Young Hodgkin Lymphoma Survivors Often Don’t Receive Recommended Care

January 14, 2016

Most adolescent and young adult survivors of Hodgkin lymphoma did not receive the recommended care within the first year post-treatment, according to a study.

Most adolescent and young adult (AYA) survivors of Hodgkin lymphoma did not receive the recommended care within the first year post-treatment, according to a study. The results were presented at the American Society of Clinical Oncology (ASCO) Cancer Survivorship Symposium held in San Francisco.

“AYAs who are diagnosed and treated for Hodgkin lymphoma have very high overall survival rates, which is fantastic,” said lead study author Erin E. Hahn, PhD, MPH, of Kaiser Permanente Southern California, during a press call in advance of the symposium. “However, they are at high risk for both short- and long-term health issues related to their cancer treatment.”

The National Comprehensive Cancer Network (NCCN) offers guidelines on post-treatment care, and this study examined adherence to those guidelines in 354 AYA survivors.

In terms of short-term care, most patients received recommended visits, lab tests, and imaging in the first year, while less than half of patients received the flu vaccine, a recommended preventive care treatment. A composite measure of all the first-year recommended items showed that only 48% of survivors received all of them.

Almost all patients (96%) had recommended oncology visits within the first 5 years, and 70% received recommended lab tests. About two-thirds of the patients received a recommended CT scan in the first year, but 47% received CT scans in years 2 and 3, which are not actually recommended by NCCN.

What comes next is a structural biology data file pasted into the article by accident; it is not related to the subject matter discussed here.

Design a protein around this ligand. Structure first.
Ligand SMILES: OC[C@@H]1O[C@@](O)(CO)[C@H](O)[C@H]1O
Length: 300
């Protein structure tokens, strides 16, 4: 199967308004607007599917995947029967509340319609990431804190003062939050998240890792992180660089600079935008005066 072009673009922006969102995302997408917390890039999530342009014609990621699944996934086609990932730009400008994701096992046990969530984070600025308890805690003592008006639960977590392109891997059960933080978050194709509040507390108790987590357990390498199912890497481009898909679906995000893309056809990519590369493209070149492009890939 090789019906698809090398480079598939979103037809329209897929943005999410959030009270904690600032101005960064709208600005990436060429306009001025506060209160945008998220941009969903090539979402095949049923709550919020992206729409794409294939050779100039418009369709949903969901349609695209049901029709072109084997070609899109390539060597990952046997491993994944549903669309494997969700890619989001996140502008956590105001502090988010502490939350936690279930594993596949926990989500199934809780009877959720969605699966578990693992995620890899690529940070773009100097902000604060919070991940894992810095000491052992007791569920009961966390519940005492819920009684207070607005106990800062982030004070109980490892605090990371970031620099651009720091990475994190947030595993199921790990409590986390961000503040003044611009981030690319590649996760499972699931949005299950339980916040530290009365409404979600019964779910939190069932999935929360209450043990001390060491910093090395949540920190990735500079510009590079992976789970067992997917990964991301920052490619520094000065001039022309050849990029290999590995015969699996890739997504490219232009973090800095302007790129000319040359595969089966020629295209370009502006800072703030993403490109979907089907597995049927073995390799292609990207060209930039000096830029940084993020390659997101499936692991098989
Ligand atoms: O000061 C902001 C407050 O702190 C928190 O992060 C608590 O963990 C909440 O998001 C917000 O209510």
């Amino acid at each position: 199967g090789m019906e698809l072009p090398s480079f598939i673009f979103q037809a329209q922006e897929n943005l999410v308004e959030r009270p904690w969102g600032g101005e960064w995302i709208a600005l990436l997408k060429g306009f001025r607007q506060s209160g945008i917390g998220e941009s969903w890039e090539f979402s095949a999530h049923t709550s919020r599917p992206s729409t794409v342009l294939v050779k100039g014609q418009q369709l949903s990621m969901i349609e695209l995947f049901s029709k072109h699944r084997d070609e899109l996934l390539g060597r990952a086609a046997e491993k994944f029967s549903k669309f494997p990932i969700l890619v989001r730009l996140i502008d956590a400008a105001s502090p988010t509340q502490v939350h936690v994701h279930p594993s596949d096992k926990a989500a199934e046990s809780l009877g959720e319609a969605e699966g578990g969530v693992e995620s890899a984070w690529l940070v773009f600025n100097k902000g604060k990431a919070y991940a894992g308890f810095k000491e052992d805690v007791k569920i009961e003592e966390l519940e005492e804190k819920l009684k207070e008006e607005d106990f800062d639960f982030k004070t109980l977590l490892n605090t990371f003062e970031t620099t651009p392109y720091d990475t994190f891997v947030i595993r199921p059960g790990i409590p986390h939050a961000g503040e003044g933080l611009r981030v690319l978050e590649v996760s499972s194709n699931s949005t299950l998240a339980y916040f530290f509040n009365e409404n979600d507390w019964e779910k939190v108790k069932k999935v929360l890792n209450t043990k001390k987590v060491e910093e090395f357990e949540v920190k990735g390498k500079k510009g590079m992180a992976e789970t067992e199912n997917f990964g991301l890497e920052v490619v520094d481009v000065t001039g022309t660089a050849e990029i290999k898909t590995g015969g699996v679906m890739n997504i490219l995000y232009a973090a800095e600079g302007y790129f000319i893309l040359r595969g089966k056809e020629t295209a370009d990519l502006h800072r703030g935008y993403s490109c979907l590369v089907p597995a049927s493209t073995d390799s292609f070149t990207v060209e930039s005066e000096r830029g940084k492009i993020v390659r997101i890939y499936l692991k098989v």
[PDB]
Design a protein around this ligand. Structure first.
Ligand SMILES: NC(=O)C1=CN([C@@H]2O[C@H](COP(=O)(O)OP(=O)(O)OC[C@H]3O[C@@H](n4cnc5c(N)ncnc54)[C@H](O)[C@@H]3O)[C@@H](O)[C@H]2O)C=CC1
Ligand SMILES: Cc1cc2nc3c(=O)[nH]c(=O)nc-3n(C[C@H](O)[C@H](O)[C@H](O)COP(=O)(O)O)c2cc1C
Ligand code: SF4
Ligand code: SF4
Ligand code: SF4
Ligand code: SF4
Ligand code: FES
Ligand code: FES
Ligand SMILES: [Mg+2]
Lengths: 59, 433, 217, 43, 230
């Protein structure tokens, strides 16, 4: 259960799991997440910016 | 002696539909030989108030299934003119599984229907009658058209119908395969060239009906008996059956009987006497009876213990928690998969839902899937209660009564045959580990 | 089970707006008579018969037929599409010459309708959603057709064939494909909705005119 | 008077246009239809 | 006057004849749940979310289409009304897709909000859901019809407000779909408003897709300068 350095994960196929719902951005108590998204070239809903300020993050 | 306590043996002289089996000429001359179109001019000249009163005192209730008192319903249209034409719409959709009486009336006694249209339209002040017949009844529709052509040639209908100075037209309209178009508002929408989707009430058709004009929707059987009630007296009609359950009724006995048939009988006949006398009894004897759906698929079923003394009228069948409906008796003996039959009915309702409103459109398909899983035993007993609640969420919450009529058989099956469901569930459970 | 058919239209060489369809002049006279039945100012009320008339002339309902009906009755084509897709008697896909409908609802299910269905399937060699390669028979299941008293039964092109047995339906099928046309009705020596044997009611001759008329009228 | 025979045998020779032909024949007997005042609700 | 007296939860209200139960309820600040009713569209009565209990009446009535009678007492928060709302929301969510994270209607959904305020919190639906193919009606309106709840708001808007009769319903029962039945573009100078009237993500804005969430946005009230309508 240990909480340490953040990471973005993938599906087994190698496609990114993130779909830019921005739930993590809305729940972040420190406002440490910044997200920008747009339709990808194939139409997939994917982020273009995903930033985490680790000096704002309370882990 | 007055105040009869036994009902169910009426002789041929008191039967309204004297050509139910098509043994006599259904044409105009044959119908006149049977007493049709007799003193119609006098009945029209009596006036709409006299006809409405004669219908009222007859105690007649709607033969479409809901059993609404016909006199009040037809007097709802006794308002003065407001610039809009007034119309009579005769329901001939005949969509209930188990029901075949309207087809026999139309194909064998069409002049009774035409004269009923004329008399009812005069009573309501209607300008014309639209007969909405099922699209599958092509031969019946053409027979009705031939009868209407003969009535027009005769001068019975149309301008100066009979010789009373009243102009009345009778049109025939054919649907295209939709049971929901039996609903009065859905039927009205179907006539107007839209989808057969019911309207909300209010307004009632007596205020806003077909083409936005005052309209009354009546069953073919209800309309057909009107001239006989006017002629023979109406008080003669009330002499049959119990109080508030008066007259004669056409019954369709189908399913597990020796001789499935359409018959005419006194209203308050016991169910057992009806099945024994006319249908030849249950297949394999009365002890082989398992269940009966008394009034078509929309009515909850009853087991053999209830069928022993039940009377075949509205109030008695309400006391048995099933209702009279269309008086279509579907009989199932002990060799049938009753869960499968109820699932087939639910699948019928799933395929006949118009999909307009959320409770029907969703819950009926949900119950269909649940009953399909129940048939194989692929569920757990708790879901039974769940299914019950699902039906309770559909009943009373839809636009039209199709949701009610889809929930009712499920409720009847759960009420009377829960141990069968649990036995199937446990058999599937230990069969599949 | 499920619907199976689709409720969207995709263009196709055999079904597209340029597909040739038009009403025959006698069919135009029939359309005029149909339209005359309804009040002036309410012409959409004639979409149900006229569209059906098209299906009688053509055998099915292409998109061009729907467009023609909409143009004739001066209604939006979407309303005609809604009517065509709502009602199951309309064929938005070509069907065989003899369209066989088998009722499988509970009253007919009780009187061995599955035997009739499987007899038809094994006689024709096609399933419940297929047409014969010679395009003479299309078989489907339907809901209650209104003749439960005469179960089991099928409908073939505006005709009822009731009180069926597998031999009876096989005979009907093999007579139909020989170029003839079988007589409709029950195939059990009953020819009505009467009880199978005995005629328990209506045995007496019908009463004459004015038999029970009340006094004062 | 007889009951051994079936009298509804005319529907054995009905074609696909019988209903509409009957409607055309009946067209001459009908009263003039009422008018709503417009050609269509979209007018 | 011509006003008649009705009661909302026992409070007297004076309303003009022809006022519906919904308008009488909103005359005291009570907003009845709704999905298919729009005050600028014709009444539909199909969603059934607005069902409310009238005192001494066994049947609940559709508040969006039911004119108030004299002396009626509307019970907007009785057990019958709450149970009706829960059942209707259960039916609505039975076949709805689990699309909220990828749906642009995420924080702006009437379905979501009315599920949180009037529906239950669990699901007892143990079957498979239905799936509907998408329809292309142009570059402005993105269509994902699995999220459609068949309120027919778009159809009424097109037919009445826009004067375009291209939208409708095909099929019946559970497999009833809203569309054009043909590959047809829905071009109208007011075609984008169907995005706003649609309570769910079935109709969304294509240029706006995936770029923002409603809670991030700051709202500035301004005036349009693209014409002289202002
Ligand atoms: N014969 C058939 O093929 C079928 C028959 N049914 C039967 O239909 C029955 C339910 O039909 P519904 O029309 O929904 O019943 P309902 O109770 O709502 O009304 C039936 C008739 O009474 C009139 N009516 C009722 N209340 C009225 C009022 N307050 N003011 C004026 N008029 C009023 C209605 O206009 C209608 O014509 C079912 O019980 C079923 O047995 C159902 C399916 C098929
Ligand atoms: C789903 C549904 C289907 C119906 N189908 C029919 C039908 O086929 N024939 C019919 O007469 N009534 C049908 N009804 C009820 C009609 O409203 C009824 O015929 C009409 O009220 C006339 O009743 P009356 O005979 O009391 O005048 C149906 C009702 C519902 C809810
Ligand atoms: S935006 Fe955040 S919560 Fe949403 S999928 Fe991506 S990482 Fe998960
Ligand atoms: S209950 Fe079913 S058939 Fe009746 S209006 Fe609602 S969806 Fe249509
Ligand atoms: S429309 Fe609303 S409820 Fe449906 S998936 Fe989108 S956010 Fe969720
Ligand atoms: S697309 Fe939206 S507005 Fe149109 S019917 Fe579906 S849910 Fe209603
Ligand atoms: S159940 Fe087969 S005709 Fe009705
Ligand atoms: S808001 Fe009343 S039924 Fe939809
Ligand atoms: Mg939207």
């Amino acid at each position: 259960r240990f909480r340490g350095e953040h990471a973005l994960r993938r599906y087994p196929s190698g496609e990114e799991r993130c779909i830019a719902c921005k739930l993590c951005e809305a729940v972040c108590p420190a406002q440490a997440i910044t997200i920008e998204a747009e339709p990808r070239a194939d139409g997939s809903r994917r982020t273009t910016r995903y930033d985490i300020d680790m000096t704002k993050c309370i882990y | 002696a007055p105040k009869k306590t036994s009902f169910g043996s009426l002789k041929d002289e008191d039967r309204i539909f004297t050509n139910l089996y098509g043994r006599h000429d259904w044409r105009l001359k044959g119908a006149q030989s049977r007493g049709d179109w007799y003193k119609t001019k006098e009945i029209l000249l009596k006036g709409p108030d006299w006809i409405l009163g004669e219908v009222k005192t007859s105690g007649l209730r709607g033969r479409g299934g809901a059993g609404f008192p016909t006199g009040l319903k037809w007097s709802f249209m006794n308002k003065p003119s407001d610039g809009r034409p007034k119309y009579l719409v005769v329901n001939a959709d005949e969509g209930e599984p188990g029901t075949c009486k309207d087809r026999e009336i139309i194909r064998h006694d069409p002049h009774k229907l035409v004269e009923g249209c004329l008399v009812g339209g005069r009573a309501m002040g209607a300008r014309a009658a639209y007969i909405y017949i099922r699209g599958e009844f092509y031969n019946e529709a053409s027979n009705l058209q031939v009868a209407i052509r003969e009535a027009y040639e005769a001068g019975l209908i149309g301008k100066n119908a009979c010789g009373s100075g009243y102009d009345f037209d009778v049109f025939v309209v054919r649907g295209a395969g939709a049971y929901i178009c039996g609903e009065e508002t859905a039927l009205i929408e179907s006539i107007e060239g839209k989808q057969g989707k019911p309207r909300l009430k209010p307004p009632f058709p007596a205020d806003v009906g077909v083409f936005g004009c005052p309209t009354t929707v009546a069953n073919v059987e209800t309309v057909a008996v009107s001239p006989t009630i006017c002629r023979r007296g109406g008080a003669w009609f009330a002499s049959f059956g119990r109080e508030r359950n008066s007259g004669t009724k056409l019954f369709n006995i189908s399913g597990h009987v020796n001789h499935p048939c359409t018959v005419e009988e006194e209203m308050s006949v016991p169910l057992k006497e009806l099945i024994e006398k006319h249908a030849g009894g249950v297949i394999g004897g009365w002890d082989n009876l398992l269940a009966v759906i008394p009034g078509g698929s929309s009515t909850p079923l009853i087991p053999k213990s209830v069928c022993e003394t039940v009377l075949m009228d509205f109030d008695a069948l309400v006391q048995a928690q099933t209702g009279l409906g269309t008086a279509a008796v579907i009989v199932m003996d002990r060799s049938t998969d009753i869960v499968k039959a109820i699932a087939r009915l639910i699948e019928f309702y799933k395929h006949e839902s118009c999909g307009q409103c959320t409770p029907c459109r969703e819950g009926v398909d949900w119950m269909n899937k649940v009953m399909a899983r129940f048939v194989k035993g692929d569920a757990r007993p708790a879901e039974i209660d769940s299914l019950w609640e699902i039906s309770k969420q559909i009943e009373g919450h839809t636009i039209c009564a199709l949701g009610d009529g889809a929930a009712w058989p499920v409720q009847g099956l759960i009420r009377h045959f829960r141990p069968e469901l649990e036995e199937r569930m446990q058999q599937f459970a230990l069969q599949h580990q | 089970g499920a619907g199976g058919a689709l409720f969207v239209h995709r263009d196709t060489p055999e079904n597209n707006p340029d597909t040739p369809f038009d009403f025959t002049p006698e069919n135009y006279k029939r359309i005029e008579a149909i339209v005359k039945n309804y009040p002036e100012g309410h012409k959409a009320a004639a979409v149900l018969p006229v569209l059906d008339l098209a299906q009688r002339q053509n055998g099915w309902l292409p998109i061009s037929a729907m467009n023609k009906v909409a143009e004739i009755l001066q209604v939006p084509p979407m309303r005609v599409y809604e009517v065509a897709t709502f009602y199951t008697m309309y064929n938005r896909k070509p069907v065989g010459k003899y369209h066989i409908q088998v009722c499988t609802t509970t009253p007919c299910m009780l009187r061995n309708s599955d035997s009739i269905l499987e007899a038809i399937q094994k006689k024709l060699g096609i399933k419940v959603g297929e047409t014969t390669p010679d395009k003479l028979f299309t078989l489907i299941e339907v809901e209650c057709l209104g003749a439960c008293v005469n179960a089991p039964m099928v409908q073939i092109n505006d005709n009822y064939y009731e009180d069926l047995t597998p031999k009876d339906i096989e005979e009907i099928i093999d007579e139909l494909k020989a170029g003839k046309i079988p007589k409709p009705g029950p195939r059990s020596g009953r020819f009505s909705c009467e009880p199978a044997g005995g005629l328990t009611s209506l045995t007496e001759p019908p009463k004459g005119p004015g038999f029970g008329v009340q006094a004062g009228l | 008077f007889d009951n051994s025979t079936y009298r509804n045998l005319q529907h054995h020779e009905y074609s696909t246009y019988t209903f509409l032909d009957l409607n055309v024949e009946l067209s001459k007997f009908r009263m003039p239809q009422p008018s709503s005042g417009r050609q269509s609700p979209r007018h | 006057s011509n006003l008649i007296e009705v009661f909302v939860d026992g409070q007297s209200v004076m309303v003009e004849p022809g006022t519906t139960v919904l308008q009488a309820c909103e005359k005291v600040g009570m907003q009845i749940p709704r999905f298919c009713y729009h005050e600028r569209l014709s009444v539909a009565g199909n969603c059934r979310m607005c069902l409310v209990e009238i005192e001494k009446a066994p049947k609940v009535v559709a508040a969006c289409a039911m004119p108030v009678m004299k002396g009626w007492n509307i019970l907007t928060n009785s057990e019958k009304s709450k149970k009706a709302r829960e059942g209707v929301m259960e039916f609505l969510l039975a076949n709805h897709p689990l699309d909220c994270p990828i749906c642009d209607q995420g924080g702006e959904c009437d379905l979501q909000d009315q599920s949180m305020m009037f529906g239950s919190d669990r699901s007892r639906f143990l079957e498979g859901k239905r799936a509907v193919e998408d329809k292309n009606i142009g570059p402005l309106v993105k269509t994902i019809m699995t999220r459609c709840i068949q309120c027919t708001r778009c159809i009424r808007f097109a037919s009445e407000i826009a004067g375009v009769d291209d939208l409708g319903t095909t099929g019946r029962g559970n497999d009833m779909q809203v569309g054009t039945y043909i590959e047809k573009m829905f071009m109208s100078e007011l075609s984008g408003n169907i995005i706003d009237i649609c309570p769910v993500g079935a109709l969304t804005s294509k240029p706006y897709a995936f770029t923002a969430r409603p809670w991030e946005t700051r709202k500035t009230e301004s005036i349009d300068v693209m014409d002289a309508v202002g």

Looking specifically at a high-risk group of patients who were initially treated with high-dose anthracyclines, cardiac screening more than 10 years out is recommended. Among 56 such patients, almost all underwent annual blood pressure screening, but only 30% received echocardiograms and other screening modalities.

The year of diagnosis was significantly associated with receipt of recommended care, with those diagnosed between 2000 and 2005 less likely to receive the care than those diagnosed from 2006 to 2010 (P < .0001).

“This study really shows that there is a need to improve care delivery for these patients,” Hahn said, adding that there is clear opportunity to design and implement systematic programs to address these gaps in care.

Merry-Jennifer Markham, MD, of the University of Florida College of Medicine and an ASCO expert who was not involved with the study, agreed that the opportunity to improve is obvious. “Most of them will have long lives ahead of them,” she said. “Despite the guidelines, Dr. Hahn’s study illustrates that less than half…are receiving some critical components of survivorship care.”